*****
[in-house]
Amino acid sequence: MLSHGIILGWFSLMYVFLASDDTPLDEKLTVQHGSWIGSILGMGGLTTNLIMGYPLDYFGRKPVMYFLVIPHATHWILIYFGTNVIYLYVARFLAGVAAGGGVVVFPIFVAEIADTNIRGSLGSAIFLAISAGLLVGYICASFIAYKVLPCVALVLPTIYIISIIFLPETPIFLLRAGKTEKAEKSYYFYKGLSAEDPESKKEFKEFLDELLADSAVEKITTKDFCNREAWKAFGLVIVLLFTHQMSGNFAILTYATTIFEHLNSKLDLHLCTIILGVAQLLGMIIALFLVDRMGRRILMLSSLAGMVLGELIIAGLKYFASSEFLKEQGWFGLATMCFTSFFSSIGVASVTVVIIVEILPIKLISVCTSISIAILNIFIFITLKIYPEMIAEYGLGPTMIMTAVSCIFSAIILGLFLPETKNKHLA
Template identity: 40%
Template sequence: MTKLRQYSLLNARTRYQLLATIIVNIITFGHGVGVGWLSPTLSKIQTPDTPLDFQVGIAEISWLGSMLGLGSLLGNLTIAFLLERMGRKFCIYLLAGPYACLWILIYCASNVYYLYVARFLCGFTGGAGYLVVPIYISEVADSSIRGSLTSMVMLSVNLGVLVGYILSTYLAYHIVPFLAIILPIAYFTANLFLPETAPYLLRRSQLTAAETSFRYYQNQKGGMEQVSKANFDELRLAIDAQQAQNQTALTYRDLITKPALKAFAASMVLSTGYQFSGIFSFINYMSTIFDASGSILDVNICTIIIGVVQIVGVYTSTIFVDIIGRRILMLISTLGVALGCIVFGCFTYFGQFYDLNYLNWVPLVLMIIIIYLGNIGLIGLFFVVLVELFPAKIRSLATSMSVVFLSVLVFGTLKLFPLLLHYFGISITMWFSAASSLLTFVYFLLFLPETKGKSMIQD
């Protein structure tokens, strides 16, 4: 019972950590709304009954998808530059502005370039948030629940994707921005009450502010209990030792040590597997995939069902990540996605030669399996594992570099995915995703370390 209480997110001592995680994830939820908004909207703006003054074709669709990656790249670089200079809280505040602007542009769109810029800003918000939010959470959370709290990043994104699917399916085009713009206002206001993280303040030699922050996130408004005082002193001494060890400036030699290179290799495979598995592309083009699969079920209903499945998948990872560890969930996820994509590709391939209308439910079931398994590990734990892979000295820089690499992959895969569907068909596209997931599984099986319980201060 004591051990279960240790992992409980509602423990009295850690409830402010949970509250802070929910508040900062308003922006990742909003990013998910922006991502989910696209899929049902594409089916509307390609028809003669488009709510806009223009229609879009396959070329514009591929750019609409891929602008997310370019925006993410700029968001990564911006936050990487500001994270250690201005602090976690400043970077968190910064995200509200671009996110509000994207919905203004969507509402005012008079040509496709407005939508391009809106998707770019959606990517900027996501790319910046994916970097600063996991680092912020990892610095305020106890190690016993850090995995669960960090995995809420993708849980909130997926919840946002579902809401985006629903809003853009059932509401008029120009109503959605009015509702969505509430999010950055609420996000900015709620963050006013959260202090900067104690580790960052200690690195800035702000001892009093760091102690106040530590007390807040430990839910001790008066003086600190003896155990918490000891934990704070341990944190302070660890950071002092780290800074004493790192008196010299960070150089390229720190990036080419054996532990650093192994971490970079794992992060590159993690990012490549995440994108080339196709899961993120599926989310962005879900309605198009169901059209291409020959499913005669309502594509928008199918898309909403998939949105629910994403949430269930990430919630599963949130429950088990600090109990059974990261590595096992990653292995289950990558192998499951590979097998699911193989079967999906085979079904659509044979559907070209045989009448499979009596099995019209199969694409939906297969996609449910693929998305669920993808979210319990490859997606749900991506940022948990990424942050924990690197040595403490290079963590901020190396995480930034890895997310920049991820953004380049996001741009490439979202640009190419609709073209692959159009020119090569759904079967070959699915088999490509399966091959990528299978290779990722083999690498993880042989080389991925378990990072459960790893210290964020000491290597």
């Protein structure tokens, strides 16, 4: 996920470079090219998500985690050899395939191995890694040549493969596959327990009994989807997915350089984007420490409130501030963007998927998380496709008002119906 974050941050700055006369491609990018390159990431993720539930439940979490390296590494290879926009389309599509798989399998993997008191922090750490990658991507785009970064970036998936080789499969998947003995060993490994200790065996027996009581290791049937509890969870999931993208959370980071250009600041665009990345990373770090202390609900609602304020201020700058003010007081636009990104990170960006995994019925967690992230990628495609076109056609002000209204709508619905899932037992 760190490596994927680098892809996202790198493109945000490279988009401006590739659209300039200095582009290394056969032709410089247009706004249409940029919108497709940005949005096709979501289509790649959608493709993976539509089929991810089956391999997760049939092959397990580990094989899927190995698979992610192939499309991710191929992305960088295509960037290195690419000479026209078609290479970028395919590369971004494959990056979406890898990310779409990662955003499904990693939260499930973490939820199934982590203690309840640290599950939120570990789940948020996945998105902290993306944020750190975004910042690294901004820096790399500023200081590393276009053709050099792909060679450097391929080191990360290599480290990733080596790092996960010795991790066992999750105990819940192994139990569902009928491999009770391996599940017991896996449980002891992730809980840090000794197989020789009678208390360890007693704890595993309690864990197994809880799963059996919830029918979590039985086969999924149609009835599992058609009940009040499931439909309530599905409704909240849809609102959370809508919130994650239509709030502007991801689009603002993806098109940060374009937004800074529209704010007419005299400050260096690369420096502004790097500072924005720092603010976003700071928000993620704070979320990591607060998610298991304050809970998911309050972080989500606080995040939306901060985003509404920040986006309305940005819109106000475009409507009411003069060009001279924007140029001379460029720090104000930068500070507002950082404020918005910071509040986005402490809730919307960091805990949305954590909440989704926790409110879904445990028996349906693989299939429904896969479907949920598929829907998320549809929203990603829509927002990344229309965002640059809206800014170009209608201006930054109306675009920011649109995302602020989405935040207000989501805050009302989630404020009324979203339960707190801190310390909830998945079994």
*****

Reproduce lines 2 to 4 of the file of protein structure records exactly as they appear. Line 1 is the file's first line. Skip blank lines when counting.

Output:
Amino acid sequence: MLSHGIILGWFSLMYVFLASDDTPLDEKLTVQHGSWIGSILGMGGLTTNLIMGYPLDYFGRKPVMYFLVIPHATHWILIYFGTNVIYLYVARFLAGVAAGGGVVVFPIFVAEIADTNIRGSLGSAIFLAISAGLLVGYICASFIAYKVLPCVALVLPTIYIISIIFLPETPIFLLRAGKTEKAEKSYYFYKGLSAEDPESKKEFKEFLDELLADSAVEKITTKDFCNREAWKAFGLVIVLLFTHQMSGNFAILTYATTIFEHLNSKLDLHLCTIILGVAQLLGMIIALFLVDRMGRRILMLSSLAGMVLGELIIAGLKYFASSEFLKEQGWFGLATMCFTSFFSSIGVASVTVVIIVEILPIKLISVCTSISIAILNIFIFITLKIYPEMIAEYGLGPTMIMTAVSCIFSAIILGLFLPETKNKHLA
Template identity: 40%
Template sequence: MTKLRQYSLLNARTRYQLLATIIVNIITFGHGVGVGWLSPTLSKIQTPDTPLDFQVGIAEISWLGSMLGLGSLLGNLTIAFLLERMGRKFCIYLLAGPYACLWILIYCASNVYYLYVARFLCGFTGGAGYLVVPIYISEVADSSIRGSLTSMVMLSVNLGVLVGYILSTYLAYHIVPFLAIILPIAYFTANLFLPETAPYLLRRSQLTAAETSFRYYQNQKGGMEQVSKANFDELRLAIDAQQAQNQTALTYRDLITKPALKAFAASMVLSTGYQFSGIFSFINYMSTIFDASGSILDVNICTIIIGVVQIVGVYTSTIFVDIIGRRILMLISTLGVALGCIVFGCFTYFGQFYDLNYLNWVPLVLMIIIIYLGNIGLIGLFFVVLVELFPAKIRSLATSMSVVFLSVLVFGTLKLFPLLLHYFGISITMWFSAASSLLTFVYFLLFLPETKGKSMIQD